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High rates of poor mental health among children and young people

One in eight 5-19 year olds in England affected, new report shows

Caroline White

Friday, 23 November 2018

One in eight children and young people between the ages of five and 19 had poor mental health in England in 2017, with around one in four 11-16 year olds having self-harmed or attempted suicide, reveals a major new report* of the state of child mental health, published by NHS Digital.

Healthcare leaders have described the findings as deeply worrying and concerning and have called for urgent action and a more integrated approach to mental health.

The report combines survey responses for 9117 children and young people or their parents and teachers, and includes pre-schoolers.

It found that among five to 15-year-olds, the overall prevalence of mental disorders rose slightly, from 9.7% in 1999 to 11.2% in 2017. When including five to 19-year-olds, the 2017 prevalence was 12.8% (one in eight).

Mental disorders were grouped into four broad categories: emotional; behavioural; hyperactivity; and other less common disorders.

Emotional disorders have become more common among five to 15-year-olds, rising from 4.3% in 1999 to 5.8% in 2017, the responses show.

Different disorders were more or less common at different stages of childhood, with rates of mental disorder higher in older age groups.

  • Around one in 20 (5.5%) pre-schoolers had at least one mental disorder at the time they were surveyed. Behavioural disorders were evident in one in 40 (2.5%).
  • One in six (16.9%) 17 to 19-year-olds had a mental health issue with one in 16 (6.4%) experiencing more than one disorder at the time of the interview. This age group had the highest rate of emotional disorders (14.9%). 
  • Young women aged 17 to 19 were more than twice as likely as their male counterparts to have a mental disorder. They also had higher rates of emotional disorder and self-harm: nearly one in four (22.4%) had an emotional disorder.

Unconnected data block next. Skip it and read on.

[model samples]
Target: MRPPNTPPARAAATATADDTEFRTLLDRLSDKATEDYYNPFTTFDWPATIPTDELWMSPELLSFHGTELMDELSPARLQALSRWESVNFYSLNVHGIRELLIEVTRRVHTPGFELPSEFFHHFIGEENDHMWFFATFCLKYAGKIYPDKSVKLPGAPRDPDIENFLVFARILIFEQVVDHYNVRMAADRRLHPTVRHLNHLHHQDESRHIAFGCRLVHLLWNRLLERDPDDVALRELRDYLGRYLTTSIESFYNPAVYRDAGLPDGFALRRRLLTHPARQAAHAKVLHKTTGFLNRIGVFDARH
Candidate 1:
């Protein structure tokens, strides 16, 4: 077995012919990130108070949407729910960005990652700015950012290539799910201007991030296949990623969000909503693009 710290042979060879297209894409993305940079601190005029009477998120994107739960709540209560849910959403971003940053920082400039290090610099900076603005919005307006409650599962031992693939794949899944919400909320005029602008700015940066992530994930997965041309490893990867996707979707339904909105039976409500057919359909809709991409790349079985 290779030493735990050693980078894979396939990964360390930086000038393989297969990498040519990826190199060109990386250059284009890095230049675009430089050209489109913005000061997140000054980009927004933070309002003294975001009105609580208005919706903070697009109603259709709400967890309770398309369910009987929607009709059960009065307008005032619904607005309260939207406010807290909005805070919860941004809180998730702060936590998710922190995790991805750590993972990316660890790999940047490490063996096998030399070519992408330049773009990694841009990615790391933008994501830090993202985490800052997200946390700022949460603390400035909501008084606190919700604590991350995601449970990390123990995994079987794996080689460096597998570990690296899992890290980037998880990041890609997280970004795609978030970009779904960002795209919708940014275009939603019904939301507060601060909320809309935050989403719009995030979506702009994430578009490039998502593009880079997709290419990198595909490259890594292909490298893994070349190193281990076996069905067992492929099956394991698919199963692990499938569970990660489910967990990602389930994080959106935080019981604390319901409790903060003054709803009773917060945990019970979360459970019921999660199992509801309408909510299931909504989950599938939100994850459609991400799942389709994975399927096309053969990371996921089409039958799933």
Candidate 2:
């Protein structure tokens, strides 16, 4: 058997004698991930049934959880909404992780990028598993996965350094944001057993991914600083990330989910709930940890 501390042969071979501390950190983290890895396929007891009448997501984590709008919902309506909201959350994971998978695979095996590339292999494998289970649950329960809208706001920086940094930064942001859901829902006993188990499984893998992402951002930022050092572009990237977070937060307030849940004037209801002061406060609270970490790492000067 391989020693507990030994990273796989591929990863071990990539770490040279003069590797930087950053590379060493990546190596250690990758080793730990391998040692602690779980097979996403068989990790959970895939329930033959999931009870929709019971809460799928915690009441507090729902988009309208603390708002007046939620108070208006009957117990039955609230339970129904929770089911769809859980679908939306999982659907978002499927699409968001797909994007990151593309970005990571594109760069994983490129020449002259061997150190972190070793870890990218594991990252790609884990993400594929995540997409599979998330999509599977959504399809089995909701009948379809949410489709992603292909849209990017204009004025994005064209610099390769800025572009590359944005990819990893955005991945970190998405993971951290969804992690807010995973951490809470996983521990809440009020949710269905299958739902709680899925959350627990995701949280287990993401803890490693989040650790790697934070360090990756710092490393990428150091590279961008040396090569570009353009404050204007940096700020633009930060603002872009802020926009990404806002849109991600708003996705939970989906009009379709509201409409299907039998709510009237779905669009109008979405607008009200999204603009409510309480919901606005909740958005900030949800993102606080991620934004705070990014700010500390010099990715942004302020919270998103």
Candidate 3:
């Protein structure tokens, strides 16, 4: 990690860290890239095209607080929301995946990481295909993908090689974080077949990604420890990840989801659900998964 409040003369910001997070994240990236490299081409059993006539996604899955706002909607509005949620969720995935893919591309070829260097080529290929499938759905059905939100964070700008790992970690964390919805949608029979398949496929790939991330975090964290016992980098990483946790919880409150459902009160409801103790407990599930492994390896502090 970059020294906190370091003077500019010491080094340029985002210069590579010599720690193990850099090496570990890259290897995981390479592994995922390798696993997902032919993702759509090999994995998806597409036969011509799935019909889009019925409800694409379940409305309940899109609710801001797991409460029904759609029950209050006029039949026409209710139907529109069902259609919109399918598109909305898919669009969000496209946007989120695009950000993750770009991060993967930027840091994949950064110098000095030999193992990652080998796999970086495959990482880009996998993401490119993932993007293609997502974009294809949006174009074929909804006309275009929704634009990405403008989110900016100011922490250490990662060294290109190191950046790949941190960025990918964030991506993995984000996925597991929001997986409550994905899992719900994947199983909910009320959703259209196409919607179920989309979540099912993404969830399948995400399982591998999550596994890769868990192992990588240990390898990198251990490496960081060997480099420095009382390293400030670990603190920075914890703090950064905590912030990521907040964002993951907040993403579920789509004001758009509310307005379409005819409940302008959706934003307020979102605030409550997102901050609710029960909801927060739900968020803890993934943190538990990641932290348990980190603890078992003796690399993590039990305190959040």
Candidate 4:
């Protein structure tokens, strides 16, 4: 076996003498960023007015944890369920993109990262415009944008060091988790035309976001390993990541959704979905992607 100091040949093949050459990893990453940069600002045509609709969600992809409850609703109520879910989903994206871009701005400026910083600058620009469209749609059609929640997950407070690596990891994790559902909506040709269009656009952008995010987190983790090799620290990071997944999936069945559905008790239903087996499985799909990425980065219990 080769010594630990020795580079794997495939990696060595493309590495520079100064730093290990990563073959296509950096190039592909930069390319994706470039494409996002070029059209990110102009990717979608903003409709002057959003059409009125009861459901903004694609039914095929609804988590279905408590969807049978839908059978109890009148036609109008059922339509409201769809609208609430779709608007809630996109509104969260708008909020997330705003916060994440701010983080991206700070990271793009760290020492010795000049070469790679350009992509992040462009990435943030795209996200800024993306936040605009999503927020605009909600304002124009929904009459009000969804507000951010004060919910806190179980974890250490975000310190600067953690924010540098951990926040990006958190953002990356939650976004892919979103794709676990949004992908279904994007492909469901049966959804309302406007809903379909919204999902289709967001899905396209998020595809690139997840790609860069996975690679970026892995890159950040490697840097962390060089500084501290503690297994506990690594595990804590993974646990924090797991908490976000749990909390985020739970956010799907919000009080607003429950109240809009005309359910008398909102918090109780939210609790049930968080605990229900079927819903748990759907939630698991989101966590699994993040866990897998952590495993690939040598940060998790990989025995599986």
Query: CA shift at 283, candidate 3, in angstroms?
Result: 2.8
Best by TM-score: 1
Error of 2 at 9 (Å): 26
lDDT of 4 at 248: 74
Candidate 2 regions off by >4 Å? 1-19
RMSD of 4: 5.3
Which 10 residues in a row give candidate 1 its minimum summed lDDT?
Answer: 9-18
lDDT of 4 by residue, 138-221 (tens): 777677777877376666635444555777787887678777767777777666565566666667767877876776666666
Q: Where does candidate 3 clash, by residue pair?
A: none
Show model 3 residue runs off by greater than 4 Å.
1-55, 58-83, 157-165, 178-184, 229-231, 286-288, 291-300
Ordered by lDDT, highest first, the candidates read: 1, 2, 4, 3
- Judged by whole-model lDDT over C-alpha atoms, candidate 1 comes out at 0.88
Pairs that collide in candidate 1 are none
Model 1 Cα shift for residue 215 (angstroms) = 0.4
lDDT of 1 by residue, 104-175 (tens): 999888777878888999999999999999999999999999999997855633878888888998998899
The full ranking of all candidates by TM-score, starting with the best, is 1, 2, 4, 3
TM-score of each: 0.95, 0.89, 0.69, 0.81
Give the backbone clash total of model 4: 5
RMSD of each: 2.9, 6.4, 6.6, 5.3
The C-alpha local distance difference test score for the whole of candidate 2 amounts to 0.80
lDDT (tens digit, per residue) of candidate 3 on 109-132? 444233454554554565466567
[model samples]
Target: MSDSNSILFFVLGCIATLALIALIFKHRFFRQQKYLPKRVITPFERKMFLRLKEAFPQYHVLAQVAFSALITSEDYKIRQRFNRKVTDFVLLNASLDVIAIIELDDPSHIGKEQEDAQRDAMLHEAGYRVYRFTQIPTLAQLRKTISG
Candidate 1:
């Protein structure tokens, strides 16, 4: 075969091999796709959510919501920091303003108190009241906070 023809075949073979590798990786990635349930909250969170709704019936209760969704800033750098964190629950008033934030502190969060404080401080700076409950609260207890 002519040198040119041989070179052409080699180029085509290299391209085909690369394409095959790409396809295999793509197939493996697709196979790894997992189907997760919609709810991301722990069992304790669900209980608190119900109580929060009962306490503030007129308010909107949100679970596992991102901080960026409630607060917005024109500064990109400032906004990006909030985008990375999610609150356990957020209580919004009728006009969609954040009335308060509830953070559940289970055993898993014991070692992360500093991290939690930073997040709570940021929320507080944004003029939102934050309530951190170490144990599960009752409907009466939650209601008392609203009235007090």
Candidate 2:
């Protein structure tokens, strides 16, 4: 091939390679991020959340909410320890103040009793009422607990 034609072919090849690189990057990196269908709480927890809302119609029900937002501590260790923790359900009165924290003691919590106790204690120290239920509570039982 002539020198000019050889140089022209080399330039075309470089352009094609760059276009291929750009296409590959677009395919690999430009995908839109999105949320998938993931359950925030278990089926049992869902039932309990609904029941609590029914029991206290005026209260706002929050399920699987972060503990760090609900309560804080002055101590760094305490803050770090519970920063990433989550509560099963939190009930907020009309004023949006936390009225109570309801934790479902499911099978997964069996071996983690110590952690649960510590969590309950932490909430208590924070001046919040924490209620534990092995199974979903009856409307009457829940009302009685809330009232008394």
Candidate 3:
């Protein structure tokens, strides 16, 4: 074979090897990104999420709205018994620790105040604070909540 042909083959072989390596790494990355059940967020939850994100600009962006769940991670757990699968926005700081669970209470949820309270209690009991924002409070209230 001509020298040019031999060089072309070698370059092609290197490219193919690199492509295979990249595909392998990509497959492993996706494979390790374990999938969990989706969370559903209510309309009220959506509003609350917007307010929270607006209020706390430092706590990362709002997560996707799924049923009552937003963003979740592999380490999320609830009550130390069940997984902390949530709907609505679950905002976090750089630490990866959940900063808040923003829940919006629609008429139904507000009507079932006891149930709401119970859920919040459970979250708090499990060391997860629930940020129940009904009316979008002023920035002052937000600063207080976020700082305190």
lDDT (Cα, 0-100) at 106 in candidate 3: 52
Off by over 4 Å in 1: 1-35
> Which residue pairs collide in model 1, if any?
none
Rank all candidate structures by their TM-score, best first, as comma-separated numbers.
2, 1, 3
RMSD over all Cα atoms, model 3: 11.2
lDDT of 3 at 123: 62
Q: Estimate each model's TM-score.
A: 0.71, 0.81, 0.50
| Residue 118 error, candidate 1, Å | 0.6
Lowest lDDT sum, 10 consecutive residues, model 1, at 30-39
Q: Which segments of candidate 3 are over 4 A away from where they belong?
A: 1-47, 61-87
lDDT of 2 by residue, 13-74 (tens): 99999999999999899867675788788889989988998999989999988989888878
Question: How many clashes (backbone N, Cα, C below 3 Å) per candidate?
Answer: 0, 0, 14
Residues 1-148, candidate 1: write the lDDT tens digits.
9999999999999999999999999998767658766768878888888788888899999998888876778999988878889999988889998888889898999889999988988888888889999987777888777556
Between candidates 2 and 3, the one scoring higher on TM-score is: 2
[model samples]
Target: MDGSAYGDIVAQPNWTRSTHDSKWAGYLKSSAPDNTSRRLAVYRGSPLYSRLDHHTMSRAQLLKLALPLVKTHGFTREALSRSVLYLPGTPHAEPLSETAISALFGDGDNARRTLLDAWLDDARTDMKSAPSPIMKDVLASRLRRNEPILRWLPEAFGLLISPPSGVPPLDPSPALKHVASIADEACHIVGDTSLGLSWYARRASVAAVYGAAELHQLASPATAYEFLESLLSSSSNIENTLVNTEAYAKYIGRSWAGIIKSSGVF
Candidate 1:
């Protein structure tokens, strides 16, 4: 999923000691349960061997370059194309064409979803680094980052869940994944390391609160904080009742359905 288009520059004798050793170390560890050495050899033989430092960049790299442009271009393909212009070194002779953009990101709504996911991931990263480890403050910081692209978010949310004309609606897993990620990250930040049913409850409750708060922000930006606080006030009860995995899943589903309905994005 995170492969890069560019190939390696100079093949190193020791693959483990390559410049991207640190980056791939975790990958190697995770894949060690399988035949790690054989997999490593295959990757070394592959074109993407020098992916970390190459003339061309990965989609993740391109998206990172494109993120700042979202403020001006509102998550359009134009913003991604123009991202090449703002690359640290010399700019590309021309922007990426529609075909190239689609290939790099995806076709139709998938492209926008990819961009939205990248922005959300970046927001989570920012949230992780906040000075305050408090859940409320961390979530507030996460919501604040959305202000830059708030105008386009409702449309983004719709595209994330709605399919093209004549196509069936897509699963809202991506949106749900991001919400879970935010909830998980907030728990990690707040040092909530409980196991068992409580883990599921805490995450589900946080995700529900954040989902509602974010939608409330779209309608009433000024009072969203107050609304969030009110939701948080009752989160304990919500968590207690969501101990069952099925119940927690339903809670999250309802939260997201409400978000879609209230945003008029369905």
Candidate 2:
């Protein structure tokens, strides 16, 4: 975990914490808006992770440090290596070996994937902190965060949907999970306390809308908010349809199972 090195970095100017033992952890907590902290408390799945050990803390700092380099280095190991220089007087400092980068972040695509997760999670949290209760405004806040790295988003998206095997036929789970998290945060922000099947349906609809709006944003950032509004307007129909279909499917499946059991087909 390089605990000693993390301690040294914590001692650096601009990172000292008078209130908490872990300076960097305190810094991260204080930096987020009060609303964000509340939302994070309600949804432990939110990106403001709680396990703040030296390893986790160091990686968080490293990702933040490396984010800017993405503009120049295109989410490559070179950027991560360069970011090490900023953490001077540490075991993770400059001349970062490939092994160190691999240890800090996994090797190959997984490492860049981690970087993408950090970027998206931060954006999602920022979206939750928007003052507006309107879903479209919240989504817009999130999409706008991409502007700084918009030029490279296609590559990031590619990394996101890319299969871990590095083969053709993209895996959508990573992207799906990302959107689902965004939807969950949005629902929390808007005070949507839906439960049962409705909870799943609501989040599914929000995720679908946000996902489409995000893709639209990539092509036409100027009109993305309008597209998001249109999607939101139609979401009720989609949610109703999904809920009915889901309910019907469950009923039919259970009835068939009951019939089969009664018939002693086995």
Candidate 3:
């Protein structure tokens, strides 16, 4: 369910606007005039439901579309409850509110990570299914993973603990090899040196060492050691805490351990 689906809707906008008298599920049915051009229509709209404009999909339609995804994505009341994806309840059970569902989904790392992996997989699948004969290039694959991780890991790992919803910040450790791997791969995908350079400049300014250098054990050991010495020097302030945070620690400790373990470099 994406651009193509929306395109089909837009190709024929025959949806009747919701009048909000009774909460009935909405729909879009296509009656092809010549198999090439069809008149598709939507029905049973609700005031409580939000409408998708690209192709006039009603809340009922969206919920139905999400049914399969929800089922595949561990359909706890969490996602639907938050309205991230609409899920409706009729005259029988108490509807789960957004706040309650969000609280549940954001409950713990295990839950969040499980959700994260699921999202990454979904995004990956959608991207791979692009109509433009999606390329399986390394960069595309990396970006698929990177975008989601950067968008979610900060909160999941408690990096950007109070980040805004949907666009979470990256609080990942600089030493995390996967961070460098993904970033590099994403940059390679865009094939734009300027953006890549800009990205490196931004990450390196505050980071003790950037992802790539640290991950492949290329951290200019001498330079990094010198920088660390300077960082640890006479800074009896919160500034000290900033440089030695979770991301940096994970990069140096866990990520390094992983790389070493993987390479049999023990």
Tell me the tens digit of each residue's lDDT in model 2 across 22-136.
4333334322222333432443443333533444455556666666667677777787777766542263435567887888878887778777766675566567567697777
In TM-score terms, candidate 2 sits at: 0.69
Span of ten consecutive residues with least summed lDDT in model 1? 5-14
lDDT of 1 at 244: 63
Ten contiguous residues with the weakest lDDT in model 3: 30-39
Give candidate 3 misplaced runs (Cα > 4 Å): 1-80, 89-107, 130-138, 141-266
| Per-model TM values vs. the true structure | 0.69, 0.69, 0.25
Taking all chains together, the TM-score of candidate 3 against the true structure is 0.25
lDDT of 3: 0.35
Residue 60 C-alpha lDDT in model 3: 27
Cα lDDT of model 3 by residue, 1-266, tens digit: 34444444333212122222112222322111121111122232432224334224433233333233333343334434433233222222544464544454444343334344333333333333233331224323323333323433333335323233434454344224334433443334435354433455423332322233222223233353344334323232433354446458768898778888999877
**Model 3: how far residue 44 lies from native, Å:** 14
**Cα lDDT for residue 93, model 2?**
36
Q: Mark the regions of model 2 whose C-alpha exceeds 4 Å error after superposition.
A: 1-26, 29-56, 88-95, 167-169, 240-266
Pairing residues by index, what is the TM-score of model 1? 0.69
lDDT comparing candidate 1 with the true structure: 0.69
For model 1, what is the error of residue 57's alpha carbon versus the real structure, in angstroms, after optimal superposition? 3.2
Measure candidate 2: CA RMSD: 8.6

• Some 5.6% of young women had body dysmorphic disorder, an anxiety disorder characterised by the obsessive idea that some aspect of their body or appearance is severely flawed and warrants exceptional measures to hide or fix. 
  • A third (34.9%) of 14 to 19-years-olds who identified as lesbian, gay, bisexual or with another sexual identity had a mental disorder, compared with 13.2% of those who identified as straight.
  • Around one in four (25.5%) 11 to 16-year-olds with a mental disorder had self-harmed or attempted suicide at some point, compared with 3% of those not diagnosed with a mental health issue. Among 17 to 19-year-olds with a mental disorder, nearly half (46.8%) had self-harmed or attempted suicide.
Professor Russell Viner, president of the Royal College of Paediatrics and Child Health described the findings as “alarming.”

He added: “We have long known of the mental health crisis that engulfs our country but the resources are simply not available to help these vulnerable young people…Without action, children living with the conditions will face a miserable existence without timely access to support.”

He pointed out that the extra funds (£2bn) the government had earmarked out of the additional NHS investment wasn’t enough by itself.

“Children need to be able to access services regardless of the time and place they present with a problem. And with around 6% of preschool children identified as having at least one mental disorder, early intervention will be key to improve life chances,” he said.

The government’s Long-Term Plan was an excellent opportunity to include mental health training for all professionals, the adoption of ‘local offers’ and crucially, the integration of child health with primary care and other agencies into the mental health system, he suggested.

Sean Duggan, chief executive of the Mental Health Network, said: “It is deeply concerning to see an increasing number of young people struggling with their mental health, but we must also welcome the fact there is now a greater awareness of these issues among our children.

“Evidence shows prevention and early intervention are crucial so we hope the ambitions of the recent Children and Young People’s Mental Health green paper and the upcoming NHS long-term plan – which we are promised will have a focus on children and young people’s mental health – will make a real difference to young lives."

BMA consultants committee deputy chair and NHS child and adolescent psychiatrist, Dr Gary Wannan, said the findings were “not at all surprising given that the BMA has for a long time warned of the need for greater investment in child and adolescent mental health services (CAMHS) to be able to meet the rising demand.”

“The government must look to remedy the disparity that exists for both children and adults throughout the country, recognising the importance of a comprehensive preventative approach; one that considers the impact on mental health across all new policy changes.”
*Mental Health of Children and Young People in England, 2017. NHS Digital, 22 November 2018.

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